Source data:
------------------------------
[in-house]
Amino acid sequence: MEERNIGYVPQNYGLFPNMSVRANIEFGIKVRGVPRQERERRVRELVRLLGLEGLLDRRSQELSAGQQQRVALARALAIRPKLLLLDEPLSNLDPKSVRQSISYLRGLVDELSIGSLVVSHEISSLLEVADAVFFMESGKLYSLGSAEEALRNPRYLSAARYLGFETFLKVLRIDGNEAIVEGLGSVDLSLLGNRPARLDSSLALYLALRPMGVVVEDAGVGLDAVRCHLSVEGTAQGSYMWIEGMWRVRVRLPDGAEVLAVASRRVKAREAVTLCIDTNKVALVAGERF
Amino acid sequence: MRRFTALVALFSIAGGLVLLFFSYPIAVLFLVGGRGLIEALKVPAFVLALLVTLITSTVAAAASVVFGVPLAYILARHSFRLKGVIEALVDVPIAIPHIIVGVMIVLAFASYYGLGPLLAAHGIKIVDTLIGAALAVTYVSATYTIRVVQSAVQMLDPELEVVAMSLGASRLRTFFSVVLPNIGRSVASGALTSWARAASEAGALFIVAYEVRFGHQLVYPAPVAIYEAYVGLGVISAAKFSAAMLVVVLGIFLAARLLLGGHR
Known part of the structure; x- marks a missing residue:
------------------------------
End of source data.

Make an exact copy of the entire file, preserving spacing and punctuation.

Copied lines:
[in-house]
Amino acid sequence: MEERNIGYVPQNYGLFPNMSVRANIEFGIKVRGVPRQERERRVRELVRLLGLEGLLDRRSQELSAGQQQRVALARALAIRPKLLLLDEPLSNLDPKSVRQSISYLRGLVDELSIGSLVVSHEISSLLEVADAVFFMESGKLYSLGSAEEALRNPRYLSAARYLGFETFLKVLRIDGNEAIVEGLGSVDLSLLGNRPARLDSSLALYLALRPMGVVVEDAGVGLDAVRCHLSVEGTAQGSYMWIEGMWRVRVRLPDGAEVLAVASRRVKAREAVTLCIDTNKVALVAGERF
Amino acid sequence: MRRFTALVALFSIAGGLVLLFFSYPIAVLFLVGGRGLIEALKVPAFVLALLVTLITSTVAAAASVVFGVPLAYILARHSFRLKGVIEALVDVPIAIPHIIVGVMIVLAFASYYGLGPLLAAHGIKIVDTLIGAALAVTYVSATYTIRVVQSAVQMLDPELEVVAMSLGASRLRTFFSVVLPNIGRSVASGALTSWARAASEAGALFIVAYEVRFGHQLVYPAPVAIYEAYVGLGVISAAKFSAAMLVVVLGIFLAARLLLGGHR
Known part of the structure; x- marks a missing residue: